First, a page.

Continuous Motion: A Conversation with Melissa Jane Dichiera

Since making her first television appearance at the age of 7, Melbourne, Australia native Melissa Jane Dichiera has had a knack for remaining in the spotlight.

Whether it’s hosting the T.V. show “X-Beyond Surf” on ESPN International, starring on VH1’s “Rock N Roll Fantasy Camp Season 2,” or fronting one of her three bands, Lady Zep (Led Zeppelin tribute band), Final Gravity or SYNN, being the center of attention is nothing new.

Dichiera’s current focus is on Final Gravity, though, an all-original progressive rock band with a full-length album set to drop on 2019.

Dichiera took some time to sit down with ListenIowa and talk about the new album, other projects, and even opined on Led Zep sound-alike Greta Van Fleet.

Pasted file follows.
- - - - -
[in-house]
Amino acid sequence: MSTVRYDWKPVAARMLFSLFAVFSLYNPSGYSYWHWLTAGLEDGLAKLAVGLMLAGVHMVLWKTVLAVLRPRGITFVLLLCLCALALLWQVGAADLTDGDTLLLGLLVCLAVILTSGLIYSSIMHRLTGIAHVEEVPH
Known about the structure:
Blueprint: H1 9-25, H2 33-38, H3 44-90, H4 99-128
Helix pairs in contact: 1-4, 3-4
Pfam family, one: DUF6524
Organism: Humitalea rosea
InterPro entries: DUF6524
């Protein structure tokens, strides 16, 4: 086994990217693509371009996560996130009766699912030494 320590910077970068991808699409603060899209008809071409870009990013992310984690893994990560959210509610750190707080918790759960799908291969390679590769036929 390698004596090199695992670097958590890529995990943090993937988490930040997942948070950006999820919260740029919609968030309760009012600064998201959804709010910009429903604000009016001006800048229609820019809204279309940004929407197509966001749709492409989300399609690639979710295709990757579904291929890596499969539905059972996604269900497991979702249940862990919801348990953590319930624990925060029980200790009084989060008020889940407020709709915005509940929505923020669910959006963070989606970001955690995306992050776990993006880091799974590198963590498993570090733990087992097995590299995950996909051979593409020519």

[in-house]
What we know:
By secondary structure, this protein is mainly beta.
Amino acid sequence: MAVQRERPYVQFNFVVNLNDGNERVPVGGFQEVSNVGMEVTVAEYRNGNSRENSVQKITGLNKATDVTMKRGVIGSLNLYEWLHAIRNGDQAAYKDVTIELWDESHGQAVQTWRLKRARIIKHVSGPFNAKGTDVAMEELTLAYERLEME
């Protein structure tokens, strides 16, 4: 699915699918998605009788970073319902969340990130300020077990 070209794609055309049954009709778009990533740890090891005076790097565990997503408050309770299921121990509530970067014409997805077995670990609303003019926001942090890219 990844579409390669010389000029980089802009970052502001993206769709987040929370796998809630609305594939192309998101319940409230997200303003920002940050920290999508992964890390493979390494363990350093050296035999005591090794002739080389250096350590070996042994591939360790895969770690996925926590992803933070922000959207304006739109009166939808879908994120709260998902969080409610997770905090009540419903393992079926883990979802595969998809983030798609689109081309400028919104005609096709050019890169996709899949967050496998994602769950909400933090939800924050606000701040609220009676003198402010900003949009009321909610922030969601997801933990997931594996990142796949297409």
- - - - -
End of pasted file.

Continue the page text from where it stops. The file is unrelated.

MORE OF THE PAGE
LI: Final Gravity seems to be your focus at the moment. The first single, “No Love,” has a lot of texture to it.
MJD: Yeah, it’s the most meaningful song. We thought the message was strong and prevalent then, and had no idea it would get more so as time went on. We’re not sharing our compassion and caring. We shouldn’t do that. We need to have a lot more love.

LI: “Sincerely Satan” has a great 80s guitar riff.
MJD: That song came to me around 20 years ago. I wrote almost all the lyrics at that time. It just unfolded. Nothing evoked it. The musicality of the song was to evoke the story, which is about battling your demons. Wanting everything, but not realizing what it will cost you.

LI: And all of this is coming together as you’ll be releasing a new album, “Surviving Humanity,” in September.